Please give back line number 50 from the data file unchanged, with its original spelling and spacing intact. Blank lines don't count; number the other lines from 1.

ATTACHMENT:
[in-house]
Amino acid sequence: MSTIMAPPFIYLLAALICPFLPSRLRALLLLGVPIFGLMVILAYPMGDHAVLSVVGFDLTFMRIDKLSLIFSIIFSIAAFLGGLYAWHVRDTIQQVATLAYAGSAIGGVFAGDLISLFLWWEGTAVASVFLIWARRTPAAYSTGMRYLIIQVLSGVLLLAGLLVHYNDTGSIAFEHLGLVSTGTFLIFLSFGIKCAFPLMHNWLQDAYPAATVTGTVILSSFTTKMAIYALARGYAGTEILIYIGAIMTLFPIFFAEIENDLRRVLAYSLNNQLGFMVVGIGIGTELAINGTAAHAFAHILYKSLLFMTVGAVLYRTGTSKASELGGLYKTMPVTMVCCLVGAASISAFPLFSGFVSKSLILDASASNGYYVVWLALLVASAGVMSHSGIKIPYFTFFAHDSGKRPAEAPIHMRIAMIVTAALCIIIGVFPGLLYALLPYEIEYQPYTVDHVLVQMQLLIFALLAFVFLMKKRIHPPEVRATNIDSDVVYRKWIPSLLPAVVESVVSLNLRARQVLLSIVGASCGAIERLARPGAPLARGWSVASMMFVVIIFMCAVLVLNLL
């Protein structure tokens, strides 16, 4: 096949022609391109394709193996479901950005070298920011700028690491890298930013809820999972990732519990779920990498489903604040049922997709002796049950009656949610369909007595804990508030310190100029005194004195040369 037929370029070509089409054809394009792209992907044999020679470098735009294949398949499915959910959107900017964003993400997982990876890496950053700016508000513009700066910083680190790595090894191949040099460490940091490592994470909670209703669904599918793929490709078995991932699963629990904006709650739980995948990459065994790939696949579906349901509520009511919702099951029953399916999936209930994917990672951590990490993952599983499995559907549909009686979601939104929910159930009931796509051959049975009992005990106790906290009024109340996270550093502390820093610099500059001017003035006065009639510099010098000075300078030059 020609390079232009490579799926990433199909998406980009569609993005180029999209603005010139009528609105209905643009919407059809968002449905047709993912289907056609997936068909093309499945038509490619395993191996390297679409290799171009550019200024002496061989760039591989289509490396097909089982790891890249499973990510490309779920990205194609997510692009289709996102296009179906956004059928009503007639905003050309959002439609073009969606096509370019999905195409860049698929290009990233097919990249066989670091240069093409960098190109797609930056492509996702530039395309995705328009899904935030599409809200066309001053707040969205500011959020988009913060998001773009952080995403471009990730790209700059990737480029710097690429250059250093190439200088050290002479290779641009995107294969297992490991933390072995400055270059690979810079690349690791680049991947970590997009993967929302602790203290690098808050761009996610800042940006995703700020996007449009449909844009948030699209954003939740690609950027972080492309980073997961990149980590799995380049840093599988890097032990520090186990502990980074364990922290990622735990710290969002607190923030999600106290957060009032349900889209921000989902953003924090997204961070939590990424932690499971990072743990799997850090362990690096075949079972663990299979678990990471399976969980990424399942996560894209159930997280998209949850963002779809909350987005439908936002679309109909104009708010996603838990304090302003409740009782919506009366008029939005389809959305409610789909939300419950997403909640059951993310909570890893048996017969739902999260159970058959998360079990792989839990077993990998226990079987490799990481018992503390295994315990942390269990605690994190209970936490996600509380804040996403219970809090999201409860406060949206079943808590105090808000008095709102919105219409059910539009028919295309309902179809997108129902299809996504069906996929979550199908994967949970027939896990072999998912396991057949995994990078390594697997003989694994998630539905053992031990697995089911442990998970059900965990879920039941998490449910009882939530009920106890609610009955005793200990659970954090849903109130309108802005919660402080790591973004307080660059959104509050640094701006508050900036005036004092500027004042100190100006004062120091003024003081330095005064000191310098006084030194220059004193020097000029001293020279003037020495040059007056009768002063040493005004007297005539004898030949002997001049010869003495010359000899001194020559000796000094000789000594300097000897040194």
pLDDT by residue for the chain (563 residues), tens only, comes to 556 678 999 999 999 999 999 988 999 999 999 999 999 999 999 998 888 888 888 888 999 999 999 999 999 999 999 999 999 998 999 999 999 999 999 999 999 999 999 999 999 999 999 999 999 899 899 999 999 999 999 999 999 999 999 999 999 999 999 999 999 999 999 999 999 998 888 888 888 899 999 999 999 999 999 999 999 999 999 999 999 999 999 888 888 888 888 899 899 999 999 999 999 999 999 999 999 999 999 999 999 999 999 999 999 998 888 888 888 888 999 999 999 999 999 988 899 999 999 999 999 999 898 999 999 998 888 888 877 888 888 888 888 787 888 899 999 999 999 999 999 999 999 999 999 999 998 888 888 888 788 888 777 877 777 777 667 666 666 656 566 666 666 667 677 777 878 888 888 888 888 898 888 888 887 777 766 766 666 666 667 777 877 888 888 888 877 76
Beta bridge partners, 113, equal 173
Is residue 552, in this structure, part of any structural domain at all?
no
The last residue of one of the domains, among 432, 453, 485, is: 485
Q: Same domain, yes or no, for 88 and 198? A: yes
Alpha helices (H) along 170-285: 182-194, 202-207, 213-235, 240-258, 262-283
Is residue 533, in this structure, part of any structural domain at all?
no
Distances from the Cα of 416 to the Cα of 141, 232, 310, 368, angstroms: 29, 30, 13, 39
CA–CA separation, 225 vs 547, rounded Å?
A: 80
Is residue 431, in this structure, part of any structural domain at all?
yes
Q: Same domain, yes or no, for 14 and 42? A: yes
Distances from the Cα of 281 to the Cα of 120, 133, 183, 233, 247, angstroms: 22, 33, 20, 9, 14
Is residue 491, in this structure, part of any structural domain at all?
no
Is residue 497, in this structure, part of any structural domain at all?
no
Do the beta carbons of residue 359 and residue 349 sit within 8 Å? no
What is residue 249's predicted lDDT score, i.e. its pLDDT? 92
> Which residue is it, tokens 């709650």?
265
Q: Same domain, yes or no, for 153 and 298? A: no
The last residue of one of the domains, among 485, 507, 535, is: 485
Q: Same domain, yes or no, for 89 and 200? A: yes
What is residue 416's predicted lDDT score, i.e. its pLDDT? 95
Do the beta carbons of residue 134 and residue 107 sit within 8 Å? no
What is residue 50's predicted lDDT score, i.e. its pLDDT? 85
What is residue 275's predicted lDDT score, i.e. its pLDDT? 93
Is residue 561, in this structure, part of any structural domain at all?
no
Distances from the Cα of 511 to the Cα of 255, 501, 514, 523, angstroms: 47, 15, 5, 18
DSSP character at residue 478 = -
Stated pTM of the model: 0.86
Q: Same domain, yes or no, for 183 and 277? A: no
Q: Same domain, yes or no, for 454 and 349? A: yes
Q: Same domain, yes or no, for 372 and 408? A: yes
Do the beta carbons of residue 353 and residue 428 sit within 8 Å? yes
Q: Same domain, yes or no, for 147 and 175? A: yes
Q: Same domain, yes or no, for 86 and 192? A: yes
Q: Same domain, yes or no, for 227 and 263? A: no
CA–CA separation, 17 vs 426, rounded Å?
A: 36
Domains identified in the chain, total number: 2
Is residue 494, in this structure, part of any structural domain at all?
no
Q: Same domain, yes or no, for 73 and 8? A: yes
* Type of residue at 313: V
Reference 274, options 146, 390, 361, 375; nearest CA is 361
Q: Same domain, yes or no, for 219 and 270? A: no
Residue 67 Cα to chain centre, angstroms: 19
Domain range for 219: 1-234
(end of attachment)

Is residue 494, in this structure, part of any structural domain at all?